Cutting the ribbon for new CSPC building
Photo courtesy of UJA-Federation of New York

Trauma center opens new Israel facility

After operating for over 30 years out of temporary spaces throughout Kiryat Shmona, Community Stress Prevention Center launches new, permanent training and treatment facility with support from UJA-Federation of New York

For more than 30 years, the Community Stress Prevention Center (CSPC) in the northern city of Kiryat Shmona has worked on local, national, and international levels to help individuals and communities cope with the trauma that follows crises and disasters.


Earlier this month, after operating out of temporary spaces throughout Kiryat Shmona, the CSPC, with support from UJA-Federation of New York, opened the doors of a new, permanent training and treatment facility.


“Despite the respect and achievements we have accomplished, we were always guests in someone else’s place,” said CSPC founder and director Mooli Lahad, an internationally recognized expert in trauma care.


“The dream to have a building with facilities to treat children and adults, a library to run seminars and conduct research, space to accommodate training for scholars and practitioners from Israel and abroad has finally come true. This is due first and foremost to the friendship and support of UJA-Federation of New York.”

New CSPC facility in Kiryat Shmona (photo courtesy of UJA-Federation of New York)


To date, the CSPC has trained thousands of professionals both in Israel and abroad in various techniques that develop individual, family, and community skills for coping with emergencies.


The team at the CSPC has established themselves as leaders in trauma care not only in Israel, where they have been involved in nearly all security events from the time of their founding through today, but also worldwide.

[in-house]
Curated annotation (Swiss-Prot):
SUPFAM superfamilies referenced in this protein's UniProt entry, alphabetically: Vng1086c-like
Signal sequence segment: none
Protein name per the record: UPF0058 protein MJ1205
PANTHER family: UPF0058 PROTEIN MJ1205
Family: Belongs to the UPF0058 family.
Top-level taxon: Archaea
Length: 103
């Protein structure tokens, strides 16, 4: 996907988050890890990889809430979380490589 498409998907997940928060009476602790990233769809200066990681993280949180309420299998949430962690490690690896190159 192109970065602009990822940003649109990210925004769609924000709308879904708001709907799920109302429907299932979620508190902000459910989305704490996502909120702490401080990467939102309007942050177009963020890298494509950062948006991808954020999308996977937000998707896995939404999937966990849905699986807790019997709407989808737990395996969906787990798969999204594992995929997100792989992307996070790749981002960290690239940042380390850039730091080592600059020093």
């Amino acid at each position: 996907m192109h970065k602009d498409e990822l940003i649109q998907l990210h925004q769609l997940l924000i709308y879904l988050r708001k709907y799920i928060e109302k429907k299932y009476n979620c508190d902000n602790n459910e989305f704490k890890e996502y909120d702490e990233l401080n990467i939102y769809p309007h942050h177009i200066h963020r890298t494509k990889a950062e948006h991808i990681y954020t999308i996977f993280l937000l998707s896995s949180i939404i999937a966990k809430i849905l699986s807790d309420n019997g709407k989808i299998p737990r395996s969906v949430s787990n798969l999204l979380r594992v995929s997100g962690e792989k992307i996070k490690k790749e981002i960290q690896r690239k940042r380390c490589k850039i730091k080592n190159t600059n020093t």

The CSPC has treated innumerable individuals and families across the globe, including those in Turkey after the 1999 earthquake; New York after the events of 9/11; Beslan, Russia, following the terrible school massacre of 2004; the Far East following the tsunami of 2004; Mississippi after Hurricane Katrina in 2005; and Haiti following the devastating 2010 earthquake.


Matan Vilnai, the Israeli minister for home-front defense, was on hand to open the new building.


“We are thrilled to be a part of the opening of the Community Stress Prevention Center’s new treatment and training facility,” said Alisa Rubin Kurshan, senior vice president for strategic planning and organizational resources at UJA-Federation.


“Our support is based on the knowledge that the CSPC is truly making a difference in the lives of those who suffer from post-traumatic stress, helping to foster the resiliency of the human spirit in Israel and around the world.”



פרסום ראשון: 07.26.11, 08:11
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